6. Findings and Conclusion

  

This paper aims to examine the impact of mergers on the financial performance of the Jordanian banking sector. This paper applies the financial approaches in analyzing the effects of mergers in Jordanian banks’ performance for the two periods: four years pre-merger and four years post-merger for the period from 2001 to 2009.

The sample of the study only contains the case of the merger of the Jordan Ahli Bank (AHLI bank) with Philadelphia Bank in 2005. Financial ratios and statistical techniques in the form of a Mann-Whitney U test are used in order to assess the significance differences in the financial performance of the selected bank pre and post-merger by investigating the performance-related financial ratio groups that are expressed by leverage, liquidity, efficiency and cash flow ratio. The results show that the profitability ratios, namely the ROA, ROE, and IM ratios increased significantly, while the IS ratio increased insignificantly.

In addition, the liquidity ratios, which include the CCETA, DR and DTA ratios, significantly deteriorated after the merger. Furthermore, the ITA ratio deteriorated, while the NCFD ratio insignificantly increased. Moreover, the leverage ratios, which include the ER and TDTE significantly increased. Finally, the cash flow ratios, which include the one and only CNOA ratio increased insignificantly. Overall, we can conclude that there is an insignificant improvement in the ratios of AHLI bank in the period after the merger except for the leverage ratios, which significantly improved. The reason for the insignificant improvement in the ratios can be the same finding by Jayaraman et al. (2014) indicating that the post-merger period corresponds to the period of the global financial crisis that began in 2007. The main limitation is that we were not able to separate the impact of the global crisis as an extraneous factor from the impact of merger. On the basis of this study, we encourage new research in Jordan to assess the service, industrial, and insurance sectors, and to compare these sectors with each other to conclude which sector provide more advantages or disadvantages for other companies going through a merger or planning for it. We suggested that the number of financial ratios must be raised. Also, researchers may examine the role of management expertise in making the M&A successful or otherwise.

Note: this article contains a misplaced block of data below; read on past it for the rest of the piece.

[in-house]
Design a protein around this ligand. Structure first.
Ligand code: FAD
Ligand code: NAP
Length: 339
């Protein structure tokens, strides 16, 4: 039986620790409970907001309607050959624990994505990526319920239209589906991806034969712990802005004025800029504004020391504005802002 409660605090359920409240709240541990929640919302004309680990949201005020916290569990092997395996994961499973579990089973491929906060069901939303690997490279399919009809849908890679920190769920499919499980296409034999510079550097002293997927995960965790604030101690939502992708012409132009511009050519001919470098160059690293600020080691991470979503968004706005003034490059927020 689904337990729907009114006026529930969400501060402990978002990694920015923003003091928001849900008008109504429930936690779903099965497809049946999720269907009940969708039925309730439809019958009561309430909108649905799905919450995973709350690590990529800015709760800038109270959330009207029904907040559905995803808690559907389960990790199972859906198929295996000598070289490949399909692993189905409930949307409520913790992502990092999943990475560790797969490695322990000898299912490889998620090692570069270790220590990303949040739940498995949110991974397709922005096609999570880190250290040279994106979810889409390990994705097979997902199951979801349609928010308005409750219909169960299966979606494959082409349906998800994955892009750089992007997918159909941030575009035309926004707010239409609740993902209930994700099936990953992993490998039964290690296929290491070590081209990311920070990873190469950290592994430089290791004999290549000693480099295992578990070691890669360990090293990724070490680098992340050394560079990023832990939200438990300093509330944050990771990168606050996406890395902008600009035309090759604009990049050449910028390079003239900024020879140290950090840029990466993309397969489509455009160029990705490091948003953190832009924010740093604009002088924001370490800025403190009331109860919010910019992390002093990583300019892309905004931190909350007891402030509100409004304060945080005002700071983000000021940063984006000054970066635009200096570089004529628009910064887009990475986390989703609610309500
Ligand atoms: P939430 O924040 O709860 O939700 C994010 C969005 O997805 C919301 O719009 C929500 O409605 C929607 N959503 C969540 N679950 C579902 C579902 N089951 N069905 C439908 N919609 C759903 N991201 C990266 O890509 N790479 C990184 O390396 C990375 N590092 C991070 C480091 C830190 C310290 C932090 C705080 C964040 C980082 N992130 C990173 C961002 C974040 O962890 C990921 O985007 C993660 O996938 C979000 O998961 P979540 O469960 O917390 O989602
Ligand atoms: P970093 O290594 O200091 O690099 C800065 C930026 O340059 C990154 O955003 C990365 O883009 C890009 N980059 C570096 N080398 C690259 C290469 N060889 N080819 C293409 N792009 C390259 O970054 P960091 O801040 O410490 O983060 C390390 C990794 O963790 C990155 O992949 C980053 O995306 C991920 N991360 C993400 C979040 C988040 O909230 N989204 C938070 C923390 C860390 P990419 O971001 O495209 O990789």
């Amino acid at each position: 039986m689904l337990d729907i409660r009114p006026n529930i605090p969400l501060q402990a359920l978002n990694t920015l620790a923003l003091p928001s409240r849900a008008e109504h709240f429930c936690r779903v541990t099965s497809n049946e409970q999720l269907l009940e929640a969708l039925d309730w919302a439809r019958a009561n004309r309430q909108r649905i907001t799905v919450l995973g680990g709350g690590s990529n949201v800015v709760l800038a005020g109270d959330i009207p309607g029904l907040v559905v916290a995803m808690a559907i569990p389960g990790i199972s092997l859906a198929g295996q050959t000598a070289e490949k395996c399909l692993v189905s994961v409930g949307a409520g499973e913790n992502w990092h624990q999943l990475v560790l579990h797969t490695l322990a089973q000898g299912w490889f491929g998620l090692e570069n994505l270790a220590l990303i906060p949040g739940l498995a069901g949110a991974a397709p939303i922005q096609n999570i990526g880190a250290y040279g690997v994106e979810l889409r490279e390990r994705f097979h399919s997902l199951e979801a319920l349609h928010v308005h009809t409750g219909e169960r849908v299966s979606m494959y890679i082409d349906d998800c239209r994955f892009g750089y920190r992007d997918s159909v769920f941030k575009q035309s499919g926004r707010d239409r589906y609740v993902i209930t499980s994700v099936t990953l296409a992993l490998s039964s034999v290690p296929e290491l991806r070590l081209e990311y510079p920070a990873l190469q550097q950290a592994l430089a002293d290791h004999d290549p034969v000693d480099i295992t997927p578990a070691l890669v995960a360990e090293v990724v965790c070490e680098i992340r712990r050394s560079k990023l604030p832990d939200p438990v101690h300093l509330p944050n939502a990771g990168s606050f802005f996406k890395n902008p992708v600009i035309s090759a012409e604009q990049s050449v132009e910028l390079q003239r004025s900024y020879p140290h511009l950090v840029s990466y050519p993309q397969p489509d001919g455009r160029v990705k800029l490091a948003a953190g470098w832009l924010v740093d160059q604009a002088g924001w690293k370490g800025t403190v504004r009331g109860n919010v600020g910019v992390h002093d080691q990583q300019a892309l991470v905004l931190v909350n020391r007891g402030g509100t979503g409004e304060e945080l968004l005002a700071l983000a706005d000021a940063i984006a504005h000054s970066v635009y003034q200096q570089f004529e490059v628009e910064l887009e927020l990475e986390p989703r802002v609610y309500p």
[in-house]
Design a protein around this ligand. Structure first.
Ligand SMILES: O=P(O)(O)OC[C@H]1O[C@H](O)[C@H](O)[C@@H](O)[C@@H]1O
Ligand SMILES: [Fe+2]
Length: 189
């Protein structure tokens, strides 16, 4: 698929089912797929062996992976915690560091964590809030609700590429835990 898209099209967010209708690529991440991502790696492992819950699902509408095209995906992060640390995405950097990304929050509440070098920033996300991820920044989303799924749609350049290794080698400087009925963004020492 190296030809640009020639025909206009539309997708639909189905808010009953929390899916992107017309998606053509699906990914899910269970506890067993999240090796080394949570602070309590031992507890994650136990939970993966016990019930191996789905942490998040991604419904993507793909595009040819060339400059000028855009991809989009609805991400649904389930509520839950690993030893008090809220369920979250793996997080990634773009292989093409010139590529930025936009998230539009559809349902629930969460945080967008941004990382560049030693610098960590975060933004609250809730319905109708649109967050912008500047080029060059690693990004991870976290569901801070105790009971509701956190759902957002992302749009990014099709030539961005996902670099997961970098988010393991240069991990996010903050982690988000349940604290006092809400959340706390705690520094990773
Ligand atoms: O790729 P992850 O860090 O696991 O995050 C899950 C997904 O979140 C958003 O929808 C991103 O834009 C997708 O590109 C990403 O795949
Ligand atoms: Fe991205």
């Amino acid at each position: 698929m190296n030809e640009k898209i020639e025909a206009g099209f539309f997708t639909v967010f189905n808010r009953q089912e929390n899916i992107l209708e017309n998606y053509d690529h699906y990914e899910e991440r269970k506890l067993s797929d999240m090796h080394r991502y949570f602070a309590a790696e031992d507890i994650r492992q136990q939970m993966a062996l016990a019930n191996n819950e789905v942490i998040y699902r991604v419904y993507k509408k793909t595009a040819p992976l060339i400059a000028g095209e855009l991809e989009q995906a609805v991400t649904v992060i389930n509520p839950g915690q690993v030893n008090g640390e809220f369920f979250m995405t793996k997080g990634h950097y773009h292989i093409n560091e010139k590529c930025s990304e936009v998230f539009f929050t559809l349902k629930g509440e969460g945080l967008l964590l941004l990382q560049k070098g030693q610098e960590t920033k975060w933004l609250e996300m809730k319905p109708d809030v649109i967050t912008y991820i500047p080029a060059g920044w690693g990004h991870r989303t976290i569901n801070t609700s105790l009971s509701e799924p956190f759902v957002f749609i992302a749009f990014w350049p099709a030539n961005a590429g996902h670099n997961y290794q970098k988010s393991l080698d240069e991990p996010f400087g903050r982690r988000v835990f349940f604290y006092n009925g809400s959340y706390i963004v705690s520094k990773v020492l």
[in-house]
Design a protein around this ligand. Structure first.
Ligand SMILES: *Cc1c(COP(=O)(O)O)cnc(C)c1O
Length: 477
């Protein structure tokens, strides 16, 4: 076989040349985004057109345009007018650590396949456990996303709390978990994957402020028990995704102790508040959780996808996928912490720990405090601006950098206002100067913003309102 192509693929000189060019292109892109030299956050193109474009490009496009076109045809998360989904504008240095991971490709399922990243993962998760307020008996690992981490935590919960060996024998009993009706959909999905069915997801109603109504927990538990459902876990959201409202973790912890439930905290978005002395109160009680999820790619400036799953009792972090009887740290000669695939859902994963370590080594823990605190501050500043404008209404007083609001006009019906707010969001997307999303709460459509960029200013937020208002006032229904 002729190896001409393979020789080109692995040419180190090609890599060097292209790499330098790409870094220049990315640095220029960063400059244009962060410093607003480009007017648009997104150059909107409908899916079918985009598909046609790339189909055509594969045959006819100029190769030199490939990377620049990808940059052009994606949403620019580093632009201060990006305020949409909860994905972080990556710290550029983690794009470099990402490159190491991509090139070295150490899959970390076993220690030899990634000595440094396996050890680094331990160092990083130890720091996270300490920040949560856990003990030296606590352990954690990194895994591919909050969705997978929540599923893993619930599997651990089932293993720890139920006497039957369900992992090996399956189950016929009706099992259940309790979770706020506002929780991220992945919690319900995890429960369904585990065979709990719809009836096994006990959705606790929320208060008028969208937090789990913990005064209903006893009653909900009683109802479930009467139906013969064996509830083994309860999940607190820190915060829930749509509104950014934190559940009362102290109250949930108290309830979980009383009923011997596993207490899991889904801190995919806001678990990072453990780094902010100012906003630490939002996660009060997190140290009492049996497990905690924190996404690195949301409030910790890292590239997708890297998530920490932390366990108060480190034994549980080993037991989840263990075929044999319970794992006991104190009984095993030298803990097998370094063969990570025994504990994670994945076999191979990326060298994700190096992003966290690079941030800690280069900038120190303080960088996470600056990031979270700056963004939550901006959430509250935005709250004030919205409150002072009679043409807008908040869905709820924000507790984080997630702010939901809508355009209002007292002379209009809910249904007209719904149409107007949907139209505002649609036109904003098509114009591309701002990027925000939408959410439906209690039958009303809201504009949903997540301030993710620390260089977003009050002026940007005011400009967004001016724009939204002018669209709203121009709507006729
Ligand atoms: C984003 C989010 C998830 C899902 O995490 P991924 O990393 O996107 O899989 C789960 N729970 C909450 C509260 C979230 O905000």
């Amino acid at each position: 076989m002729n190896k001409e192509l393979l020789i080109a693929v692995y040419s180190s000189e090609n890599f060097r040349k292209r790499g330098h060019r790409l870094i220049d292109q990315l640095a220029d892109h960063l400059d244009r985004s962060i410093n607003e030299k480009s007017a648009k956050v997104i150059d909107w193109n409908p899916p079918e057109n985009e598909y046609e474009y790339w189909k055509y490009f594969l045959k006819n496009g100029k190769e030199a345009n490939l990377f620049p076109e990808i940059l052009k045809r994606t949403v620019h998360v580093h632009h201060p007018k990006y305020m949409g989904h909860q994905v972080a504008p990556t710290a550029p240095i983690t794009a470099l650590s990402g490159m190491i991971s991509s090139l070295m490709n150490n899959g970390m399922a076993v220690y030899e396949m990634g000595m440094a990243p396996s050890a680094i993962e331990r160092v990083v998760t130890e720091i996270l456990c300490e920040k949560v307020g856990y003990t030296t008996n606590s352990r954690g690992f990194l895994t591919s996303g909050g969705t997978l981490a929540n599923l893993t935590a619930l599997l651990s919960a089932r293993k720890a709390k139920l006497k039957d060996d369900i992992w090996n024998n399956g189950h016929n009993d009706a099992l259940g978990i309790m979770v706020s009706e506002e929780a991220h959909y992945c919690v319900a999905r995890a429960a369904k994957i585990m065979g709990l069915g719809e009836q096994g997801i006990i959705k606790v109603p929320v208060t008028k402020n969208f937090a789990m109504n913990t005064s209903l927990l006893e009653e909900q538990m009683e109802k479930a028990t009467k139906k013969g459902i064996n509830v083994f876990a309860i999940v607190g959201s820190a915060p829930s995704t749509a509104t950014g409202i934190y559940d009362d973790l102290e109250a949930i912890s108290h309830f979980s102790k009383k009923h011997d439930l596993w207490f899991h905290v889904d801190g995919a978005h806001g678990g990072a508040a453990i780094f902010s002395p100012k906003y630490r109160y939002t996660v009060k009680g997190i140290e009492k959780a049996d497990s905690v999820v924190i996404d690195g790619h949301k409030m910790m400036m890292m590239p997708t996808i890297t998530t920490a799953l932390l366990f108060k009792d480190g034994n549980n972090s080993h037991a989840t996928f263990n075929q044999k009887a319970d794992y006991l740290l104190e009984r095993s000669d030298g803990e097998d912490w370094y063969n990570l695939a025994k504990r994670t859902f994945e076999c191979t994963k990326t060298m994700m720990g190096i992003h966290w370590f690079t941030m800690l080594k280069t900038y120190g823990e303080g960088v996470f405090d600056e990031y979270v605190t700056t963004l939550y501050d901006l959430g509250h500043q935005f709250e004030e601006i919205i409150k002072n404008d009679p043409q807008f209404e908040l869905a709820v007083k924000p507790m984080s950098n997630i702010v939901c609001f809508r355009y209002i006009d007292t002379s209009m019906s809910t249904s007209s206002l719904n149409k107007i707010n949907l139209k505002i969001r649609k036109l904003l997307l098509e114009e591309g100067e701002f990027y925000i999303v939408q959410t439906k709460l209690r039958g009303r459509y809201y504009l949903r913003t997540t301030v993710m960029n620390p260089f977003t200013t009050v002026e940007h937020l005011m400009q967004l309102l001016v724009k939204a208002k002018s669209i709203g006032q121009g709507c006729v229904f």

Figure

Table